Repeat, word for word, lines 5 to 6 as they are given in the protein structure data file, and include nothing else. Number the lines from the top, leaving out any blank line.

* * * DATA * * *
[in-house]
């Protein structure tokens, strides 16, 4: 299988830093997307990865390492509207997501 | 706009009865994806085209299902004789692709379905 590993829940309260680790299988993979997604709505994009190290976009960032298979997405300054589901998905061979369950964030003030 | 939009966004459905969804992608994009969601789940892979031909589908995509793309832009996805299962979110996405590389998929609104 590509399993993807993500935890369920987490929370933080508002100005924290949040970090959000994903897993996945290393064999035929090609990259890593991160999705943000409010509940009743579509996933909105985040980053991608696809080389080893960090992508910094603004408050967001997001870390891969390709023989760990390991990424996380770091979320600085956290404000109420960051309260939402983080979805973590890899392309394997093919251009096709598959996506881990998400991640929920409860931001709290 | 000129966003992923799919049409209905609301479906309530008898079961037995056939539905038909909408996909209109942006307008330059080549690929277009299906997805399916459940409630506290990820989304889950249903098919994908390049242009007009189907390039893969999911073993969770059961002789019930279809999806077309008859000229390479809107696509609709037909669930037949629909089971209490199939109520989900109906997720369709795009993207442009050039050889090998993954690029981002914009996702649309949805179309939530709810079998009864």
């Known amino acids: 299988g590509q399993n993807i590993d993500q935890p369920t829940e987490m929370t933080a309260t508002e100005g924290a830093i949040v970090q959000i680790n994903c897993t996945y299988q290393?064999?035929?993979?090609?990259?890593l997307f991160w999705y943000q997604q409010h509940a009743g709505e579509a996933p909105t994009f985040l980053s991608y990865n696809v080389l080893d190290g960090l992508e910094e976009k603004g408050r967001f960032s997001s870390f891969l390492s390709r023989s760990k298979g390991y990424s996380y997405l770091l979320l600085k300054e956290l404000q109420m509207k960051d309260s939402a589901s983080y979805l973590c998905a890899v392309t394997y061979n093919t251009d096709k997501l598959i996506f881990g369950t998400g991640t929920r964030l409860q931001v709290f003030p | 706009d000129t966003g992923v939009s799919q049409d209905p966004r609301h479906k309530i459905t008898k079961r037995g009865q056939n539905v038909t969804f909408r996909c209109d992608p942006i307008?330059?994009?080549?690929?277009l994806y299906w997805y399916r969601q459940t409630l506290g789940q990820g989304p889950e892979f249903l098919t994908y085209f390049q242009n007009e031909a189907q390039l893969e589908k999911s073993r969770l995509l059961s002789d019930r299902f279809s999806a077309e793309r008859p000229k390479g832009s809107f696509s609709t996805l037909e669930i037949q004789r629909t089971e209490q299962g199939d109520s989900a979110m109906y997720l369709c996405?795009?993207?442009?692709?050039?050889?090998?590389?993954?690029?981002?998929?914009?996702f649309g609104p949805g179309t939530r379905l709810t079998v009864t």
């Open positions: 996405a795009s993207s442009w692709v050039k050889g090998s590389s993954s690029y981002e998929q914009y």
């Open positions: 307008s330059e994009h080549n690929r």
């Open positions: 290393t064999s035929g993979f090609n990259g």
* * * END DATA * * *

């Open positions: 307008s330059e994009h080549n690929r």
């Open positions: 290393t064999s035929g993979f090609n990259g």